Of course, Sanusi must have enjoyed the moment of freedom of expression or speech while it lasted but he did soon realized the fulfillment of the political "prophecy" of a "Soothsayer" from Otuoke in Bayelsa State who once said: "I am the most abused and insulted President in the world, but when I leave office, you will all remember me for the total freedom you enjoyed under my government." To me, no political prophecy in Nigeria has ever been more accurate than this!

Jonathan, a man who meant well for this Country albeit limited by his own peculiar infirmity as a leader from a minority tribe, became a victim of Northern conspiracy which included people in his own government like Sanusi but Sanusi himself in a twinkling of an eye in less than six years after, has become a villain of a dictatorial regime by a conscienceless Governor who prefers to desecrate the crown rather than tolerate other peoples' opinions and criticisms.

In a Country where uttering the truth is an offence, Sanusi has become a sacrificial lamb on the altar of Northern Characters with whom he

conspired to ensure that former President Jonathan did not remain in Office beyond 2015. Can it be said that Aso Rock has no hands in the tragic fall of Sanusi? If yes, why has Aso Rock not cautioned the wild Governor called Ganduje?

Ganduje, a man caught on camera on a serious corruption scandal of bribery (in dollars) under the watch of a self-acclaimed "corruption-fighter- President", smuggled himself into office by force to complete his second tenure as Governor of Kano State contrary to the wishes of the electorate, thanks to the Tribunal's verdict and the subsequent affirmation of same by the Court of Appeal and the Supreme Court!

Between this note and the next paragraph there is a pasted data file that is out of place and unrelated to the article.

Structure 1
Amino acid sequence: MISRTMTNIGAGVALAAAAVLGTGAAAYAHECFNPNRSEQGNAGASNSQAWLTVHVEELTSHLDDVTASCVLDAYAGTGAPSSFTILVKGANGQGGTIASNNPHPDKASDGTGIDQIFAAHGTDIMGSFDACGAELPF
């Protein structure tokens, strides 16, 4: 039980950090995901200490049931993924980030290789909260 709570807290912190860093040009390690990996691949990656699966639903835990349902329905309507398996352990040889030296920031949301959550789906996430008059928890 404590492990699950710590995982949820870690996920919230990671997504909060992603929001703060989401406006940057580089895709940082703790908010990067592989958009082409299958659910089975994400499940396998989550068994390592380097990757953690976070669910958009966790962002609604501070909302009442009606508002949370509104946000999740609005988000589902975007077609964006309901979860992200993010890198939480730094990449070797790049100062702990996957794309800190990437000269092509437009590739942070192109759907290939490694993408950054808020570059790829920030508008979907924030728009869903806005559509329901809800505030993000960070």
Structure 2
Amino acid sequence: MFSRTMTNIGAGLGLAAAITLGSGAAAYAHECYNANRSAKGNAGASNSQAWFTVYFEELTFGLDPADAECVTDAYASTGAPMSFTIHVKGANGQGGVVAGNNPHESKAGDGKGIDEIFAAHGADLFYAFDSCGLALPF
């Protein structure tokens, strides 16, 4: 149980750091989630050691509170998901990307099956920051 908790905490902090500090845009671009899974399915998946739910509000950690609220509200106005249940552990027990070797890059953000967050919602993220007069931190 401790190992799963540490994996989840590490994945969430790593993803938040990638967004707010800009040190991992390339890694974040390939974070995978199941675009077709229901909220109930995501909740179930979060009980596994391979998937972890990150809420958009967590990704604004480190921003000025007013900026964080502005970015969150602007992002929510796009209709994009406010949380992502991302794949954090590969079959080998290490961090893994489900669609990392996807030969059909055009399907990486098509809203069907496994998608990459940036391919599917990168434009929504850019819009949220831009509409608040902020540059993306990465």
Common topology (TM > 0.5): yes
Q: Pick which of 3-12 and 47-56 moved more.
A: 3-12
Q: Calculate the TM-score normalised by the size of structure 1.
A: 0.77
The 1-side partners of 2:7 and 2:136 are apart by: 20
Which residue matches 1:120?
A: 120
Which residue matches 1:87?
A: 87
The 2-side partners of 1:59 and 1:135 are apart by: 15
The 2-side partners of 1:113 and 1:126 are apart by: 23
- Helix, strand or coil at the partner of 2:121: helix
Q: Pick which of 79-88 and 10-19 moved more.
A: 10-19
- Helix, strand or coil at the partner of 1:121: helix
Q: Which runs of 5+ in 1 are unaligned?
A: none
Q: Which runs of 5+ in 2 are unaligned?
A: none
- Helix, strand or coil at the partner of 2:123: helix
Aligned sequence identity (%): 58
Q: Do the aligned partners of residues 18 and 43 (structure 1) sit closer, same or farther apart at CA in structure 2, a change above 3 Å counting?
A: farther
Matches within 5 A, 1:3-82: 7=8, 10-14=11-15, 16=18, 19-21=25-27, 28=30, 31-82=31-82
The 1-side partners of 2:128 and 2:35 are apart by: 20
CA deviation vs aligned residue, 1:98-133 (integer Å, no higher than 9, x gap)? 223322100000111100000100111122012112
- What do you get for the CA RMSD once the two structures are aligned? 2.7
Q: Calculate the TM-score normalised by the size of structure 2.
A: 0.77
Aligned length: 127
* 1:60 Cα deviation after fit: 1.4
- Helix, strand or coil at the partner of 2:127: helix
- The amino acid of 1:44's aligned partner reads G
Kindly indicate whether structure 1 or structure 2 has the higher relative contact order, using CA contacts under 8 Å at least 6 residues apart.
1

Sanusi was not only deposed in a manner that is worst than military coup, he was reportedly banished from Kano State and whisked away by Security Forces who took him to Nassarawa State by air. How do you explain to Sanusi that having woken up from bed in his beautiful Palace as the Emir of Kano on the 9th of March, 2020, he would soon be sent on exile by force? Does the Kano State Government have the power to banish Sanusi from Kano State or to send him on exile? The answer is no, having regard to the provisions of the Nigerian Constitution.

Thus, while Sanusi's deposition may be quashed by the Court at the end of it all, he should 'beware the Ides of March'. Many great men and women had their tragic falls in the month of March. The Adams Oshomole's dramatic episode who was recently sacked by a Court as APC Chairman in this same month of March, is still far from being over. In the ides of March, some have lost their lives like Julius Ceasar. For Sanusi yet, it is already a tragic fall, but whether he will be assassinated as well like Julius Ceasar is a question of time! But, as it is now, it is like I am still hearing the voice of Antony at Caesar's funeral saying: "Friends, Romans, countrymen, lend me your ears". This voice has suddenly faded and what I am hearing now is something like: "People of Kano, would you weep or rejoice? Your Emir is gone!

(S. O. Akobe, a Legal Practitioner and Poet, writes from Abuja, Nigeria)

Your Comment
 
 
 

Gabriel smart victor | 4/9/2020 6:16:00 PM
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Gabriel smart victor | 4/9/2020 6:20:00 PM